The movie centers on the people in the back of the train who want equality, they want to get to the front of the train, to the “divine engine” and take it over. So on an appointed day after much planning, they revolt. In the process they capture one of Wilfred’s cruel lackeys, a pathetic, sycophant of a woman named Mason. And this is where the story gets interesting….

The people from the back of the train are about kill Mason who had been an executor of injustice so many times. But she reasons with them. Up to this point it has been clear that the divine Wilfred, creator and sustainer of the train, sovereign predestinator of everyone on board is Bong’s rendering of God and some aspects of how he is portrayed, though crude, seem to be reflections of the sovereign God of Scripture. It seems maybe this artist is building a convincing case against God, but then words. Words that reveal something very important about Bong’s conception of God.

On the verge of being put death Mason proclaims that “Wilfred is divine! Wilfred is merciful!” So Curtis, the leader of the people from the back of the train says to her, “Call him. See if he’ll save you.”

In the clutches of these desperate people at the back of the train, she responds.

“He won’t come here. He won’t leave his engine.”

Ah. Pause and think about it.

There it is.

Maybe the caricature of God would hold true for the many gods out there. Deities that are echoes of the hissing of serpent in Eden….

But as a Christian I can gladly proclaim, “God is not Wilfred.”


Because the God of the Bible came to the back of the train so the he himself could lead those captive there to the front of the train.

Mankind had no lack. No want of anything in the universe that God created. But they believed a lie, much like the lie put forth in the movie, that God is not good and that he is holding out something good from us. This plunged mankind into bondage to sin and death. But God promised that what he had made would not remain like this. He would send his Son to the back of the train, to suffer with all the rest and for all the rest. He would take the punishment for their rebellion and he would open all the doors all the way to the front of the train where they would enjoy fellowship with the sovereign Lord forever.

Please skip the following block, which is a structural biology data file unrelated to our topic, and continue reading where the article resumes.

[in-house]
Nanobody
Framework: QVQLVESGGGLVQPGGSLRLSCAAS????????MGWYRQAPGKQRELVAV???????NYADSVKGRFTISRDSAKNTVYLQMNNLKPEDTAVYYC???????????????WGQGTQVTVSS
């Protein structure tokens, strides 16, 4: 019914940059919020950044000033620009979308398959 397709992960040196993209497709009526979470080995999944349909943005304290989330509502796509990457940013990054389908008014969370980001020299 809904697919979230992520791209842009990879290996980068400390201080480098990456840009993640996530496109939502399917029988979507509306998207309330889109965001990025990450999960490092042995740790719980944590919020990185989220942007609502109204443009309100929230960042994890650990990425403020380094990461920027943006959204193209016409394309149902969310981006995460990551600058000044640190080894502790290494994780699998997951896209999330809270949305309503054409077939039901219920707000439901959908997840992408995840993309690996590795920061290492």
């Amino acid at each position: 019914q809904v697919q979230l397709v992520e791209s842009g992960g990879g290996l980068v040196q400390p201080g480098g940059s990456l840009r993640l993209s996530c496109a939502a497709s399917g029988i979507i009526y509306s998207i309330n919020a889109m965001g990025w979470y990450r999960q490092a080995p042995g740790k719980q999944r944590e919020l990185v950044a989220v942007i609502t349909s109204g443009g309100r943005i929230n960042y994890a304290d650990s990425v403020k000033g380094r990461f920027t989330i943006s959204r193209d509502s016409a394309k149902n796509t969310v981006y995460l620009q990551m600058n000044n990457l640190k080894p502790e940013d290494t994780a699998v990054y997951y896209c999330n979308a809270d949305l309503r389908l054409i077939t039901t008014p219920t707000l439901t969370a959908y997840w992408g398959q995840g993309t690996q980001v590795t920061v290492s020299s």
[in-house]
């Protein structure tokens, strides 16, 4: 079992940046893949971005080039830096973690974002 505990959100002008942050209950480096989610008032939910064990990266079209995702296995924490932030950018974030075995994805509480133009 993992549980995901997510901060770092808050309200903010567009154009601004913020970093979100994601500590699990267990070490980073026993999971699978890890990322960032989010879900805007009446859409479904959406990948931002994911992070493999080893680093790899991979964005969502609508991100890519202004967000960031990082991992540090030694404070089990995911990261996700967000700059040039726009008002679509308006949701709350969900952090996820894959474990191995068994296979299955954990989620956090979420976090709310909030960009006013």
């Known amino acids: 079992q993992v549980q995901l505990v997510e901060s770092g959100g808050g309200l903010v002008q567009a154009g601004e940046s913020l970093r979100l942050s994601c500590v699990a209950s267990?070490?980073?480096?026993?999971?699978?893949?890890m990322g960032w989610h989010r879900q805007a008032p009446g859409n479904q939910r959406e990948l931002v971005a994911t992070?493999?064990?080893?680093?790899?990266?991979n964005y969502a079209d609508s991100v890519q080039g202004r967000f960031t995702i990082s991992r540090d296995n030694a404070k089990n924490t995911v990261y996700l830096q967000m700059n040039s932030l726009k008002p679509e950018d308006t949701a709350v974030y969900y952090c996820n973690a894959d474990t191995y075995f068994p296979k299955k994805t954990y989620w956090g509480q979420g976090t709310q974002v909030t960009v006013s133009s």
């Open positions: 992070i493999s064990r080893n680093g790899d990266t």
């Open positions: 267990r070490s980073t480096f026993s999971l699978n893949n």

Many would watch the movie Snowpiercer and consider it to be so profound. But it is only profound in the sense of how accurately it shows the God satan tells us is there, rather than the God that is there in reality. The God that is is indeed the sovereign predestinator of all things. He is the Creator. He is high above his creation. But he is also the God who in love came to his creation to rescue, to redeem, and to do so not by just “paying a visit” but by humbly suffering and dying and rising so that he could lead a host of captives to his eternal dwelling.

“In this the love of God was made manifest among us, that God sent his only Son into the world, so that we might live through him. In this is love, not that we have loved God but that he loved us and sent his Son to be the propitiation for our sins.” (1 John 4:9-10 ESV)